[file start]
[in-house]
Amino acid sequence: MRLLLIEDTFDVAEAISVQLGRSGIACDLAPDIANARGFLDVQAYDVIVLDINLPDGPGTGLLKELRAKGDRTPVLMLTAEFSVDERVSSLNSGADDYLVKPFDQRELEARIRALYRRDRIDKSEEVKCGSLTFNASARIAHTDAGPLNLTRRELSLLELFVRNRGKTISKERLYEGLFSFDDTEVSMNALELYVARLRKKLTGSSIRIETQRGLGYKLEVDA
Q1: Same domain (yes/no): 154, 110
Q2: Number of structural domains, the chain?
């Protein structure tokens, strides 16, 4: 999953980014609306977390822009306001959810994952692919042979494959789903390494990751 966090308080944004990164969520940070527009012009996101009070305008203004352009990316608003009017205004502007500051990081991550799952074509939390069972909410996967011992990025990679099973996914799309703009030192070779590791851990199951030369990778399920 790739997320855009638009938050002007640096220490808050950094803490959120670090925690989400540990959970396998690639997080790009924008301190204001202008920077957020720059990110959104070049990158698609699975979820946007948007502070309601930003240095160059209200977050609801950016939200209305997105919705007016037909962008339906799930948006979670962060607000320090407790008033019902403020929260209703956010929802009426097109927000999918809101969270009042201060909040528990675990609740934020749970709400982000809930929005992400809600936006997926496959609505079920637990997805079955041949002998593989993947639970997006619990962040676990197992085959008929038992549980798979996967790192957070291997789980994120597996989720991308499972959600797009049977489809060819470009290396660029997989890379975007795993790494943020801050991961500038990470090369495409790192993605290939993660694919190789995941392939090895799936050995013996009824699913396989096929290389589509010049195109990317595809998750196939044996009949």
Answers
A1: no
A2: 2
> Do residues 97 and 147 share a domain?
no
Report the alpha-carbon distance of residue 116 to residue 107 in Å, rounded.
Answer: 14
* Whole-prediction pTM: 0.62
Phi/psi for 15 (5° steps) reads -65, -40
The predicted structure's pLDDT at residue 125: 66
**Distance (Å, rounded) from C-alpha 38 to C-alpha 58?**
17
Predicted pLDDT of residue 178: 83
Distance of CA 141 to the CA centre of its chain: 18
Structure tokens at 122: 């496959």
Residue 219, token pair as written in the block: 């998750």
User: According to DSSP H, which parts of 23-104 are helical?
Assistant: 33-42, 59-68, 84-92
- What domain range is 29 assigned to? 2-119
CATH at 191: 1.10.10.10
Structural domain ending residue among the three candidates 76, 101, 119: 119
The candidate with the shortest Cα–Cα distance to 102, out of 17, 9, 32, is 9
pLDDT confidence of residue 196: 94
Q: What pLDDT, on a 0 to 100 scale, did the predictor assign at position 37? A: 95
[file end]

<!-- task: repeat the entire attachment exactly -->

[in-house]
Amino acid sequence: MRLLLIEDTFDVAEAISVQLGRSGIACDLAPDIANARGFLDVQAYDVIVLDINLPDGPGTGLLKELRAKGDRTPVLMLTAEFSVDERVSSLNSGADDYLVKPFDQRELEARIRALYRRDRIDKSEEVKCGSLTFNASARIAHTDAGPLNLTRRELSLLELFVRNRGKTISKERLYEGLFSFDDTEVSMNALELYVARLRKKLTGSSIRIETQRGLGYKLEVDA
Q1: Same domain (yes/no): 154, 110
Q2: Number of structural domains, the chain?
């Protein structure tokens, strides 16, 4: 999953980014609306977390822009306001959810994952692919042979494959789903390494990751 966090308080944004990164969520940070527009012009996101009070305008203004352009990316608003009017205004502007500051990081991550799952074509939390069972909410996967011992990025990679099973996914799309703009030192070779590791851990199951030369990778399920 790739997320855009638009938050002007640096220490808050950094803490959120670090925690989400540990959970396998690639997080790009924008301190204001202008920077957020720059990110959104070049990158698609699975979820946007948007502070309601930003240095160059209200977050609801950016939200209305997105919705007016037909962008339906799930948006979670962060607000320090407790008033019902403020929260209703956010929802009426097109927000999918809101969270009042201060909040528990675990609740934020749970709400982000809930929005992400809600936006997926496959609505079920637990997805079955041949002998593989993947639970997006619990962040676990197992085959008929038992549980798979996967790192957070291997789980994120597996989720991308499972959600797009049977489809060819470009290396660029997989890379975007795993790494943020801050991961500038990470090369495409790192993605290939993660694919190789995941392939090895799936050995013996009824699913396989096929290389589509010049195109990317595809998750196939044996009949």
Answers
A1: no
A2: 2
> Do residues 97 and 147 share a domain?
no
Report the alpha-carbon distance of residue 116 to residue 107 in Å, rounded.
Answer: 14
* Whole-prediction pTM: 0.62
Phi/psi for 15 (5° steps) reads -65, -40
The predicted structure's pLDDT at residue 125: 66
**Distance (Å, rounded) from C-alpha 38 to C-alpha 58?**
17
Predicted pLDDT of residue 178: 83
Distance of CA 141 to the CA centre of its chain: 18
Structure tokens at 122: 């496959």
Residue 219, token pair as written in the block: 């998750």
User: According to DSSP H, which parts of 23-104 are helical?
Assistant: 33-42, 59-68, 84-92
- What domain range is 29 assigned to? 2-119
CATH at 191: 1.10.10.10
Structural domain ending residue among the three candidates 76, 101, 119: 119
The candidate with the shortest Cα–Cα distance to 102, out of 17, 9, 32, is 9
pLDDT confidence of residue 196: 94
Q: What pLDDT, on a 0 to 100 scale, did the predictor assign at position 37? A: 95